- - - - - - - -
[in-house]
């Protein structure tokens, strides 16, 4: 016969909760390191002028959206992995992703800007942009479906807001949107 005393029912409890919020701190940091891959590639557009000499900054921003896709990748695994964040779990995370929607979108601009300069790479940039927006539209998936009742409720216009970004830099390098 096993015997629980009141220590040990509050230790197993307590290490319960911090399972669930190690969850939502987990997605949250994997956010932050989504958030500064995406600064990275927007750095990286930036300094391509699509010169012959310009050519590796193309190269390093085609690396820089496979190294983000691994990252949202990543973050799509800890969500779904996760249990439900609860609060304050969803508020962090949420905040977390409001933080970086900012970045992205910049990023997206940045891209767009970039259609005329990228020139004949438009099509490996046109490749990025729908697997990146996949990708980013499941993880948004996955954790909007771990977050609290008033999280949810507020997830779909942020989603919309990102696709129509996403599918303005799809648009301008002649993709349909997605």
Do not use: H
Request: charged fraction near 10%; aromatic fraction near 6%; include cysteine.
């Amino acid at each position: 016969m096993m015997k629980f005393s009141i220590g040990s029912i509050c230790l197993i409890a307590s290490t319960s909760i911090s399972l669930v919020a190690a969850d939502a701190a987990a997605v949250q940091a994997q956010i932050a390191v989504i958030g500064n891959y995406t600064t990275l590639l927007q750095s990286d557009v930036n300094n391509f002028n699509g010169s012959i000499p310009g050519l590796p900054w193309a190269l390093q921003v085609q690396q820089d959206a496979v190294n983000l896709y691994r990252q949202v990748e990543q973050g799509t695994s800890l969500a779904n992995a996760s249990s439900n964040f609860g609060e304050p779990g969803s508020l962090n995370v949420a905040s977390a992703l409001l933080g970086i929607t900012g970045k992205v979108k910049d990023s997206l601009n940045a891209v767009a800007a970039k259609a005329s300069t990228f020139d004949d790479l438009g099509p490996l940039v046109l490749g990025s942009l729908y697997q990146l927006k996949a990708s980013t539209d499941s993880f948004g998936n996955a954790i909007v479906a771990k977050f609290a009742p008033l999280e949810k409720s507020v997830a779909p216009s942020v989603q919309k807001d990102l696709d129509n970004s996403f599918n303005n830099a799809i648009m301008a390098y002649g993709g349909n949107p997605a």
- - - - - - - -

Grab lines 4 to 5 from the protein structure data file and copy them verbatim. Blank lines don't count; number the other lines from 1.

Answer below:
Request: charged fraction near 10%; aromatic fraction near 6%; include cysteine.
């Amino acid at each position: 016969m096993m015997k629980f005393s009141i220590g040990s029912i509050c230790l197993i409890a307590s290490t319960s909760i911090s399972l669930v919020a190690a969850d939502a701190a987990a997605v949250q940091a994997q956010i932050a390191v989504i958030g500064n891959y995406t600064t990275l590639l927007q750095s990286d557009v930036n300094n391509f002028n699509g010169s012959i000499p310009g050519l590796p900054w193309a190269l390093q921003v085609q690396q820089d959206a496979v190294n983000l896709y691994r990252q949202v990748e990543q973050g799509t695994s800890l969500a779904n992995a996760s249990s439900n964040f609860g609060e304050p779990g969803s508020l962090n995370v949420a905040s977390a992703l409001l933080g970086i929607t900012g970045k992205v979108k910049d990023s997206l601009n940045a891209v767009a800007a970039k259609a005329s300069t990228f020139d004949d790479l438009g099509p490996l940039v046109l490749g990025s942009l729908y697997q990146l927006k996949a990708s980013t539209d499941s993880f948004g998936n996955a954790i909007v479906a771990k977050f609290a009742p008033l999280e949810k409720s507020v997830a779909p216009s942020v989603q919309k807001d990102l696709d129509n970004s996403f599918n303005n830099a799809i648009m301008a390098y002649g993709g349909n949107p997605a």